At Time, Stephanie Zacharek faulted the online backlash to the film, writing, “What kind of world do we live in, where we let the stupidity of trolls rule the subtler aspects of our own judgment? ‘Captain Marvel’ isn’t a terrible movie .… This brings us to the central problem of presenting superhero role models for girls on such a loud, booming canvas: These women are powerful (great!) but they’re rarely shown just being good at the ordinary things — like listening, or rendering thoughtful advice, or admitting they made a mistake — which are the things that make the real-life humans around us truly great.”

For the Associated Press, Lindsey Bahr added, “I spent over two hours with Captain Marvel/Carol Danvers and I still have no idea what her personality is. Sure, there’s a lot more going on in ‘Captain Marvel,’ but it’s a pretty egregious failing considering that the creative bigwigs at Marvel had 10 years and 20 films to work it out .… I came out of the film from writers/directors Anna Boden and Ryan Fleck not caring all that much about her beyond what her dazzling powers might mean for the next Avengers film, which is perhaps the lamest way of all to experience these movies.”

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Julianne Moore stars in "Gloria Bell," director Sebastián Lelio's English-language remake of his own "Gloria."
(Rick Loomis / For The Times)

‘Gloria Bell’

Directed by Sebastián Lelio, “Gloria Bell” is a remake of his own 2013 Chilean film “Gloria,” this time in English and starring Julianne Moore in the title role as a woman coming to terms with feeling good about herself.

Reviewing for The Times, Katie Walsh wrote, “Both ‘Gloria’ and ‘Gloria Bell’ are slice-of-life depictions that seem simple on the surface but are remarkable for their singular focus on the experiences of a woman in her late 50s, a character type all too often forgotten or cast aside. But there’s something else about the character of Gloria that makes her different. She lives her life unabashedly, with her heart open, her dancing shoes on. It’s a frankly radical notion, not just for women, but for anyone.”

Meredith Blake spoke to Moore and Lelio about the film. As Lelio described the impulse to make the new version, he said, “When Trump got elected, I thought, ‘Now is the time to do this.’ Suddenly, the story of a woman who claims a right to be seen and heard becomes more urgent.”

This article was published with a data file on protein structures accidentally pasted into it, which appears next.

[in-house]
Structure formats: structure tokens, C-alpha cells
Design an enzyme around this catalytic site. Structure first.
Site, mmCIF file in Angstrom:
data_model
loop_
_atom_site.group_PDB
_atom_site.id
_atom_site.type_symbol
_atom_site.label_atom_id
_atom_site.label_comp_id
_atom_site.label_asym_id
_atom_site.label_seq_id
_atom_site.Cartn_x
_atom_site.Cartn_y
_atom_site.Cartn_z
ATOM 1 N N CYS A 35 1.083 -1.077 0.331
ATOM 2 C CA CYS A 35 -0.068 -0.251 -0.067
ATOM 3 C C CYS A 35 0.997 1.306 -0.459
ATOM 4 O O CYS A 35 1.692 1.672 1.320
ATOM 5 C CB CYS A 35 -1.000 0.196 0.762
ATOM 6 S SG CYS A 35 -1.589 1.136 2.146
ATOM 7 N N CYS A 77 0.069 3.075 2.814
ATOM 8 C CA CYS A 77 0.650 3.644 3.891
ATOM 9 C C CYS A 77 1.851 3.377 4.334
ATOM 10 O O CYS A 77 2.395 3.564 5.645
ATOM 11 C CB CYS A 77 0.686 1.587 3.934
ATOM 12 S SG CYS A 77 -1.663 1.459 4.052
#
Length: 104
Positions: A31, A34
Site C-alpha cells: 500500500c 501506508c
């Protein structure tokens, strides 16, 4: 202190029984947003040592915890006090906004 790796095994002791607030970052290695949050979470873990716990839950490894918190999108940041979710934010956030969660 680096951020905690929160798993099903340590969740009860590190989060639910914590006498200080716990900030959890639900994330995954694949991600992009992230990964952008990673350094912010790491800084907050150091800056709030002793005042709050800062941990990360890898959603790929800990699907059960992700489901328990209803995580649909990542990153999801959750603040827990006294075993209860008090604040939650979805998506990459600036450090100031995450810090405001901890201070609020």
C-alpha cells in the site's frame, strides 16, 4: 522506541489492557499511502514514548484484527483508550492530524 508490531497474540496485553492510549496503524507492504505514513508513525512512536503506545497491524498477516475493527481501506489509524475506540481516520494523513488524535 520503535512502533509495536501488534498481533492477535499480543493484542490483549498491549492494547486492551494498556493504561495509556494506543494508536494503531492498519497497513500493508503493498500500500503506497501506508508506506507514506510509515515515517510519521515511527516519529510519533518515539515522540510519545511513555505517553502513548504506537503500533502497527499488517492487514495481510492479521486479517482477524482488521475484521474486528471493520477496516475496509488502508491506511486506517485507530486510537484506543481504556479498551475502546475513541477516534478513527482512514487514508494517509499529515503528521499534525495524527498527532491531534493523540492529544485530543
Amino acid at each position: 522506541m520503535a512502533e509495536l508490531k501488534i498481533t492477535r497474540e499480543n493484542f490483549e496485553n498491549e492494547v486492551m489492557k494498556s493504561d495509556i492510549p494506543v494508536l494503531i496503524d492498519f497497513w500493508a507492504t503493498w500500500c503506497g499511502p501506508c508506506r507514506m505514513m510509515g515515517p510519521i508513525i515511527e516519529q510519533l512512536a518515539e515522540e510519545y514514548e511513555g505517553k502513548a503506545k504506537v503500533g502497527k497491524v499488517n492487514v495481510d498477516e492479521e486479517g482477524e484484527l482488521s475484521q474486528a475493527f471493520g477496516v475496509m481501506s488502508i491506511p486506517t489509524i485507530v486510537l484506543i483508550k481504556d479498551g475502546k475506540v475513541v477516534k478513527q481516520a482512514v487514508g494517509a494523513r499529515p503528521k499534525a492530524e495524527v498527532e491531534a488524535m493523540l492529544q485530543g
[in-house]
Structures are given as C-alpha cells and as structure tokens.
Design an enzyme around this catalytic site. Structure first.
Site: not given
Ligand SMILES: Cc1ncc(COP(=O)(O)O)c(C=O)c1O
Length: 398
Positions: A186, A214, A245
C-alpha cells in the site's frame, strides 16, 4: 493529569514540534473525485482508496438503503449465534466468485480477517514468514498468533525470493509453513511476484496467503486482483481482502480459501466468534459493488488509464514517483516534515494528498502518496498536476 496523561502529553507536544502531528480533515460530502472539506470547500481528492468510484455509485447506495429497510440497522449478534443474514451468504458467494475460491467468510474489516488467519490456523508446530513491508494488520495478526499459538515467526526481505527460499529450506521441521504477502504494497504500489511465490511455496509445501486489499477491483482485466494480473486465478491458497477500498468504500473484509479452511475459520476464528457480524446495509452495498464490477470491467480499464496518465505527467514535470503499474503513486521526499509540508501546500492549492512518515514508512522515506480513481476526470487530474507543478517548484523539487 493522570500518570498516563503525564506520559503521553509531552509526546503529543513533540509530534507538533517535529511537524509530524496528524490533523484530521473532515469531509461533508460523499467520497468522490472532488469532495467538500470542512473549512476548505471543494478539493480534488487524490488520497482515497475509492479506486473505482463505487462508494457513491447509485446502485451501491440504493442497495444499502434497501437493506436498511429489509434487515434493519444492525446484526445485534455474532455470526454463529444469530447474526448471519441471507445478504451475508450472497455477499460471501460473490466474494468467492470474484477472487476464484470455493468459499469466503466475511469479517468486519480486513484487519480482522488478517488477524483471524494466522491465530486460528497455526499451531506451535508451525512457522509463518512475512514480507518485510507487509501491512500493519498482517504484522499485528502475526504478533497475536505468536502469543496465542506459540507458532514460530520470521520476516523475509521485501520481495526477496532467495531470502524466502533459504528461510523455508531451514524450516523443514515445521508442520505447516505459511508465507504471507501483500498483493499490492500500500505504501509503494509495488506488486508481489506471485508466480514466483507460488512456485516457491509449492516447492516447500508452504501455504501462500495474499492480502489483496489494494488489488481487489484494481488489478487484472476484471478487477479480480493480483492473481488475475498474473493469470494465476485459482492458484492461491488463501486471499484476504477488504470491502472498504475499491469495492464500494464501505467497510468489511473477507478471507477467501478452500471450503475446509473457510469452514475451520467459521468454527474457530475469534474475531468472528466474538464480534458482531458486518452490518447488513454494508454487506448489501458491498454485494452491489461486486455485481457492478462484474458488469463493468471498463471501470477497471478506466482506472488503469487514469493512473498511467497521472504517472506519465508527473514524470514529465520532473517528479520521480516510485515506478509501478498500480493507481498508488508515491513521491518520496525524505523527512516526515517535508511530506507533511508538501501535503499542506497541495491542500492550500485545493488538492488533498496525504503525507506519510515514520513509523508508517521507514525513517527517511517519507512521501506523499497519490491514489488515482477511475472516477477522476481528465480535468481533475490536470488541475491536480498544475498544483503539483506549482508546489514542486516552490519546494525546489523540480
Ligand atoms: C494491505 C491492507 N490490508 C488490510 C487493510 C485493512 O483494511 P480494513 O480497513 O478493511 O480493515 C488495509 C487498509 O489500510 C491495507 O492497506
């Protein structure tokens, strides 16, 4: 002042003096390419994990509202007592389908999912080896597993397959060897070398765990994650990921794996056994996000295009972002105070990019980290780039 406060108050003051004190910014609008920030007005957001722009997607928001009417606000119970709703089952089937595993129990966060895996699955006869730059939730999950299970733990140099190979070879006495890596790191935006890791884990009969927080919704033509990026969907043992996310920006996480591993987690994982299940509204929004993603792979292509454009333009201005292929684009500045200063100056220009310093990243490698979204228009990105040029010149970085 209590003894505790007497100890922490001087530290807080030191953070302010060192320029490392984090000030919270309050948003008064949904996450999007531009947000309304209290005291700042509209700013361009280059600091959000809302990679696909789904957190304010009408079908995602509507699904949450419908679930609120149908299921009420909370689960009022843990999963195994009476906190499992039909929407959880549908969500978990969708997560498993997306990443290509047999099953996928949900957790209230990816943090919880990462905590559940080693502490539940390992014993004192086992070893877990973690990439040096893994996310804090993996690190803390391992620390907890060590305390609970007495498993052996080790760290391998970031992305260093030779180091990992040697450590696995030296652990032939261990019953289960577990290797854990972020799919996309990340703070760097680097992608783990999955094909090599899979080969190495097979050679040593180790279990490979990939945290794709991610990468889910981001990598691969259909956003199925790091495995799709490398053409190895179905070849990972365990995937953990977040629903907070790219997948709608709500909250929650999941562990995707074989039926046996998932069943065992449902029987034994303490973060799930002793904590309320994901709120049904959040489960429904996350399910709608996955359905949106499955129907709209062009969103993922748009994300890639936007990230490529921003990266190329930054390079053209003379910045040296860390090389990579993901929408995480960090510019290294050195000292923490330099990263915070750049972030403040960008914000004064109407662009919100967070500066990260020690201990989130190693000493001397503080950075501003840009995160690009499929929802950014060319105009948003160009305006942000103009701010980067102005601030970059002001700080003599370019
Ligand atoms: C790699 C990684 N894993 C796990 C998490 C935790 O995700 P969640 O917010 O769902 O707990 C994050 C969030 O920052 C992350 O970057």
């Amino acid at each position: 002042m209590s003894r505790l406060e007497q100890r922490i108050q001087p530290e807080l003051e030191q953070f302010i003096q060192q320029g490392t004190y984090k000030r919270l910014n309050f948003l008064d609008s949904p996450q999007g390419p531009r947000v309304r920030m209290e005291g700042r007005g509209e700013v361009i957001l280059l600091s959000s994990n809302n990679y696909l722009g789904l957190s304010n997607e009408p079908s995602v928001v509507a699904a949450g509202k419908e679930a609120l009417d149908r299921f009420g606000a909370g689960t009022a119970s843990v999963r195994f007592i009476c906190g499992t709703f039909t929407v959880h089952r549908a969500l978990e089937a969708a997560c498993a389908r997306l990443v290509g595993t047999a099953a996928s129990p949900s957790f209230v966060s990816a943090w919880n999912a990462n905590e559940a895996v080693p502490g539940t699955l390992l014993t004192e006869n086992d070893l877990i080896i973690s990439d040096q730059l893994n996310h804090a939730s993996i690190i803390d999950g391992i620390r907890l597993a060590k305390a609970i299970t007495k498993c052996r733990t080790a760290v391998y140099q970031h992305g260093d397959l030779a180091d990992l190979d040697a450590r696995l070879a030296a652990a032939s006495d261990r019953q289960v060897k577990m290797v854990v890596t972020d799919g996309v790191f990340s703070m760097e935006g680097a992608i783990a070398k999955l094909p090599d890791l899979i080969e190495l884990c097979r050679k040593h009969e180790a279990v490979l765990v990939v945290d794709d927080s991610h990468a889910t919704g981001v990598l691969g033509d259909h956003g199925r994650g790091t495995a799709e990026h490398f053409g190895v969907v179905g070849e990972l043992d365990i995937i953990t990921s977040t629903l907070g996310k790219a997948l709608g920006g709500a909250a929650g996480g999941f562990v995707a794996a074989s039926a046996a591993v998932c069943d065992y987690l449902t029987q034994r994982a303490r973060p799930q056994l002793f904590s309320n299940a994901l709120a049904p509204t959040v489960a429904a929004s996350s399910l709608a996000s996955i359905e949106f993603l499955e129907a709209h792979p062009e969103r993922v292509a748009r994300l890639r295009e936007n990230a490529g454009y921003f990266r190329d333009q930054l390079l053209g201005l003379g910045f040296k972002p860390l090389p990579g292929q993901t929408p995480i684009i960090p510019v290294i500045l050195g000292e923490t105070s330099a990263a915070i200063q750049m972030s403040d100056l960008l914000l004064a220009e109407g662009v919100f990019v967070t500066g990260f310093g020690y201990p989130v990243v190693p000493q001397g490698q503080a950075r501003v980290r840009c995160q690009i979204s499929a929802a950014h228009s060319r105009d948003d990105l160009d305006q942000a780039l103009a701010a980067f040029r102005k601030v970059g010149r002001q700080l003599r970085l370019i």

For the New York Times, Manohla Dargis wrote, “‘Gloria Bell’ is filled with quicksilver tone shifts. It’s often quietly funny and then a little (or very) sad and then funny again .… Lelio is acutely sensitive to the absurdities of everyday life, including the comedy of humiliation, both petty and wounding. But while his characters can be cruel, he never succumbs to meanness.”

Christian Petzold’s Transit explores the loneliness of refugees in a terrifying France
Godehard Giese, left, Franz Rogowski and Paula Beer in "Transit."
(Christian Schulz / TNS)

‘Transit’

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Written and adapted by Christian Petzold, “Transit” is a story of refugees and crisis that is set neither in Nazi-occupied Germany of the 1940s nor entirely in the present day, existing in a state all its own.

Reviewing for The Times, Justin Chang called the film “quietly extraordinary,” and added: “Taken together, the vagueness of the setting and the precision of the filmmaking create a gentle but insistent tension. ‘Transit’ has both the evanescence of a dream and the urgent clarity of a newspaper headline.”

Jeffrey Fleishman interviewed Petzold, who said of the film’s current-day resonances, “I love it when you have contemporary time and historical time and they’re in a corridor and they have to communicate with each other. This is cinema for me.”

Email me if you have questions, comments or suggestions, and follow me on Twitter: @IndieFocus.